Lets say I have a function

f :: State [Int] Int

and a function:

g :: StateT [Int] IO Int

I want to use f in g and pass the state between them. Is there a library function for
StateT (return . runState f)? Or in general, given a monad transformer with a corresponding monad, is there a library function for it?

  • I believe that TomMD's edit is incorrect. I believe that the original g :: StateT [Int] IO Int should stand.
    – glguy
    Nov 10, 2010 at 6:59
  • I liked the other changes, fixed the parenthesis ... Nov 10, 2010 at 10:24
  • 2
    This question seems like what I'm looking for, but the answers are all much more complicated than stackoverflow.com/questions/17325485/…, which got the job done for me.
    – crockeea
    Sep 29, 2013 at 19:39

3 Answers 3


In even more general, what you're trying to do is apply a transformation to an inner layer of a transformer stack. For two arbitrary monads, the type signature might look something like this:

fmapMT :: (MonadTrans t, Monad m1, Monad m2) => (m1 a -> m2 a) -> t m1 a -> t m2 a

Basically a higher-level fmap. In fact, it would probably make even more sense to combine it with a map over the final parameter as well:

fmapMT :: (MonadTrans t, Monad m1, Monad m2) => (m1 a -> m2 b) -> t m1 a -> t m2 b

Clearly this isn't going to be possible in all cases, though when the "source" monad is Identity it's likely to be easier, but I can imagine defining another type class for the places it does work. I don't think there's anything like this in the typical monad transformer libraries; however, some browsing on hackage turns up something very similar in the Monatron package:

class MonadT t => FMonadT t where
    tmap' :: FunctorD m -> FunctorD n -> (a -> b) 
             -> (forall x. m x -> n x) -> t m a -> t n b

tmap :: (FMonadT t, Functor m, Functor n) => (forall b. m b -> n b) 
        -> t m a -> t n a
tmap = tmap' functor functor id

In the signature for tmap', the FunctorD types are basically ad-hoc implementations of fmap instead of using Functor instances directly.

Also, for two Functor-like type constructors F and G, a function with a type like (forall a. F a -> G a) describes a natural transformation from F to G. There's quite possibly another implementation of the transformer map that you want somewhere in the category-extras package but I'm not sure what the category-theoretic version of a monad transformer would be so I don't know what it might be called.

Since tmap requires only a Functor instance (which any Monad must have) and a natural transformation, and any Monad has a natural transformation from the Identity monad provided by return, the function you want can be written generically for any instance of FMonadT as tmap (return . runIdentity)--assuming the "basic" monad is defined as a synonym for the transformer applied to Identity, at any rate, which is generally the case with transformer libraries.

Getting back to your specific example, note that Monatron does indeed have an instance of FMonadT for StateT.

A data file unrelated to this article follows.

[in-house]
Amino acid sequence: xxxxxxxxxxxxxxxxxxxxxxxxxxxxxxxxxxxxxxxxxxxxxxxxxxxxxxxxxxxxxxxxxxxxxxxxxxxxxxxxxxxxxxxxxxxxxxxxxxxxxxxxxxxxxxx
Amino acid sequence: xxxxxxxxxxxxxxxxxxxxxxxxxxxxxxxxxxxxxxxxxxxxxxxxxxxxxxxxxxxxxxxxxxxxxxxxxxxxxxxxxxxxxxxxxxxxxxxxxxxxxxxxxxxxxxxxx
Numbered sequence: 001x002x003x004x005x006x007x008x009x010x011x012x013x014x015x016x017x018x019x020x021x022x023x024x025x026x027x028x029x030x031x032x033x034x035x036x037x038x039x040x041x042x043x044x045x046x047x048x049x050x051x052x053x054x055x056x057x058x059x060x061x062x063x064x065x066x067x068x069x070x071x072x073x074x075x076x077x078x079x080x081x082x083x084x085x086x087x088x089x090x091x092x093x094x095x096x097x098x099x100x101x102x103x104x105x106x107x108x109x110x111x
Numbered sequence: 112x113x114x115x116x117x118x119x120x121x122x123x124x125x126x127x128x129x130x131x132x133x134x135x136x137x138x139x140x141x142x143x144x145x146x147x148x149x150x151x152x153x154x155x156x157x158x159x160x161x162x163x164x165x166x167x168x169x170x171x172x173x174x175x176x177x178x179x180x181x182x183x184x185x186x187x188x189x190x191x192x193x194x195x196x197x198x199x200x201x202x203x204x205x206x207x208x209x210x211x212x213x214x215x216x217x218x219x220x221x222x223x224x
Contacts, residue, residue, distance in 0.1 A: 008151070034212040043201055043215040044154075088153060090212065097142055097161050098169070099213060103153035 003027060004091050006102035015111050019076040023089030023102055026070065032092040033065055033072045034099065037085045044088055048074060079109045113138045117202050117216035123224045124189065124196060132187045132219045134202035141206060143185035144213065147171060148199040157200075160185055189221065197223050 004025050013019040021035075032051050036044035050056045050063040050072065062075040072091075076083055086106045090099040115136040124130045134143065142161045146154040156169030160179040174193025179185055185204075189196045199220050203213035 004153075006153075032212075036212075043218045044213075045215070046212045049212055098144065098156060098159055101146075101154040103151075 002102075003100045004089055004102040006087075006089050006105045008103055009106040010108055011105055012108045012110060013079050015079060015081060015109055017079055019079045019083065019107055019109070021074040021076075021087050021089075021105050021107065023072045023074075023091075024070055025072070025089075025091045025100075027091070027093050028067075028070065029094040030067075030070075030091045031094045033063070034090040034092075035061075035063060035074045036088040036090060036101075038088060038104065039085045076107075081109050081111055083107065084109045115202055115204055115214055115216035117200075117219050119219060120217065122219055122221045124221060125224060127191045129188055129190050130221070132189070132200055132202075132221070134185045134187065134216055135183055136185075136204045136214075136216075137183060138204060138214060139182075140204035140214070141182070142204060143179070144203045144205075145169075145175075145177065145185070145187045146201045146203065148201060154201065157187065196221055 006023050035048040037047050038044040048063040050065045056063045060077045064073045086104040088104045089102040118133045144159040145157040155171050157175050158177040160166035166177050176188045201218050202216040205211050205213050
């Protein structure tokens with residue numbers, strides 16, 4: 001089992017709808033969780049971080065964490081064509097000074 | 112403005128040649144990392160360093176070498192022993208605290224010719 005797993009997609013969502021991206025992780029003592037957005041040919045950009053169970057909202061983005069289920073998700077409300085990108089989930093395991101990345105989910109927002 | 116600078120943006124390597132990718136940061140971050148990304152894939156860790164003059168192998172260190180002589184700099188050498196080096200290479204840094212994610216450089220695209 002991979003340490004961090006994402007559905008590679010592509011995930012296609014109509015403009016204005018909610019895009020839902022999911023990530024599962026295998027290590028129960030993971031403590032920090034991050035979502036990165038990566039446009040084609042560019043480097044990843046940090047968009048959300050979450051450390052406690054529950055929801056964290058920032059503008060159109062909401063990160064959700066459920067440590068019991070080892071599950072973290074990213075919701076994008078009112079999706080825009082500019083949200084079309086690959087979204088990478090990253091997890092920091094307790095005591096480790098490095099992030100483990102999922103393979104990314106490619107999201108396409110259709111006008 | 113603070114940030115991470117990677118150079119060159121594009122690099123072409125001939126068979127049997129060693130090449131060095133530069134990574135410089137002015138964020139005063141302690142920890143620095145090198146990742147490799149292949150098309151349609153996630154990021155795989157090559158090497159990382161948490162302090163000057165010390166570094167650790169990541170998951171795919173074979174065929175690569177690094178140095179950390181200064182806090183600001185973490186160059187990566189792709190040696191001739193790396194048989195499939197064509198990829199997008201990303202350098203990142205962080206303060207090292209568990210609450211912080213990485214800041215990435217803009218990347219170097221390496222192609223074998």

• I haven't looked at the Monatron package. I'll have to look closer at that to judge it. I do like your idea of defining a type class for when it does work, can anyone confirm or disconfirm that Monatron does this? Nov 9, 2010 at 21:56

What you are asking for is a mapping (known as a monad morphism) from a monad StateT m to StateT n. I'll be using the the mmorph library, which provides a very nice set of tools for working with monad morphisms.

To perform the State -> StateT m transform you are looking for, we'll start by defining a morphism to generalize the Identity monad embedded in State,

generalize :: Monad m => Identity a -> m a
generalize = return . runIdentity

Next we'll want to lift this morphism to act on the inner monad of your StateT. That is, we want a function which given a mapping from one monad to another (e.g. our generalize morphism), will give us a function acting on the base monad of a monad transformer, e.g. t Identity a -> t m a. You'll find this resembles the hoist function of mmorph's MFunctor class,

hoist :: Monad m => (forall a. m a -> n a) -> t m b -> t n b

Putting the pieces together,

myAction :: State s Int
myAction = return 2

myAction' :: Monad m => StateT s m Int
myAction' = hoist generalize myAction

Such a function is not definable for all monad transformers. The Cont r monad, for example, can't be lifted into ContT r IO because that would require turning a continuation in the IO monad (a -> IO r) into a pure continuation (a -> r).

  • Didn't think of that. Like you said, this isn't possible for every monadtransformer. So it would require a special kind of connection between the transformer and the corresponding monad then... Nov 9, 2010 at 21:50
  • Wouldn't the transformation go the other way? Since the r in a continuation type is usually polymorphic, you could just write (ContT . runCont) :: Cont (m r) a -> ContT r m a. Nov 9, 2010 at 22:00
  • @camccann I was going for a generalized class of transformations (Monad m => m a -> (TransformerOf m) m' a) (abusing notation a bit). If you try to write an instance for (Cont r a -> ContT r m a), you'll get stuck at the point I described.
    – Heatsink
    Nov 9, 2010 at 22:50

Your Answer

By clicking “Post Your Answer”, you agree to our terms of service, privacy policy and cookie policy

Not the answer you're looking for? Browse other questions tagged or ask your own question.